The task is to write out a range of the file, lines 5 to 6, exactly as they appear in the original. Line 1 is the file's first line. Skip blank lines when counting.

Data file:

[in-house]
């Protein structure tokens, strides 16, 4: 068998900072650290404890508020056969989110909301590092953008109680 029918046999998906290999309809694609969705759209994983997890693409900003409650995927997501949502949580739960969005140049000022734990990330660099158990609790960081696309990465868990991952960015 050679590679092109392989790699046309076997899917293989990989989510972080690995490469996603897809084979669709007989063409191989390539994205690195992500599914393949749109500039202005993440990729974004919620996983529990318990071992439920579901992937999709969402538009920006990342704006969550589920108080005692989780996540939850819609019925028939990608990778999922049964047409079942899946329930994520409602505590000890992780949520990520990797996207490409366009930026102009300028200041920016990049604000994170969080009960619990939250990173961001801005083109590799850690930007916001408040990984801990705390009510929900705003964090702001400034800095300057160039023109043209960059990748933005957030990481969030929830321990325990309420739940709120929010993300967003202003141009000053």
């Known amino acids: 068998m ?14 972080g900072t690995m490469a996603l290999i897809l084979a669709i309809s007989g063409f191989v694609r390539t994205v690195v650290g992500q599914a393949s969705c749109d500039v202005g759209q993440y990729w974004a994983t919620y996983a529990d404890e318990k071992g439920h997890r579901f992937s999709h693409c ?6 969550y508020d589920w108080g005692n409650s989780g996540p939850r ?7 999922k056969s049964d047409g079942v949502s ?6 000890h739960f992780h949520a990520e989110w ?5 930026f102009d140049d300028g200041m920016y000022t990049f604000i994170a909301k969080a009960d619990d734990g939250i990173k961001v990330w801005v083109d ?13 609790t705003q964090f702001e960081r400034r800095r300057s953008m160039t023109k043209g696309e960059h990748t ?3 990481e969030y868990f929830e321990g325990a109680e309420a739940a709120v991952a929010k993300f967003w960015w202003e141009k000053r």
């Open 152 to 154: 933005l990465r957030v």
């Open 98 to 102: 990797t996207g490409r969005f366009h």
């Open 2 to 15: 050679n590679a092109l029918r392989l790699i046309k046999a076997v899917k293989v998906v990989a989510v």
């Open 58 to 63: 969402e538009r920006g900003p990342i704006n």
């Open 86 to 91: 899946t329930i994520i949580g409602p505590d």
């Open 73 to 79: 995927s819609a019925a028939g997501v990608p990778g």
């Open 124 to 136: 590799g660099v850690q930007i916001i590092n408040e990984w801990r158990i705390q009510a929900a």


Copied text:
């Open 98 to 102: 990797t996207g490409r969005f366009h």
């Open 2 to 15: 050679n590679a092109l029918r392989l790699i046309k046999a076997v899917k293989v998906v990989a989510v």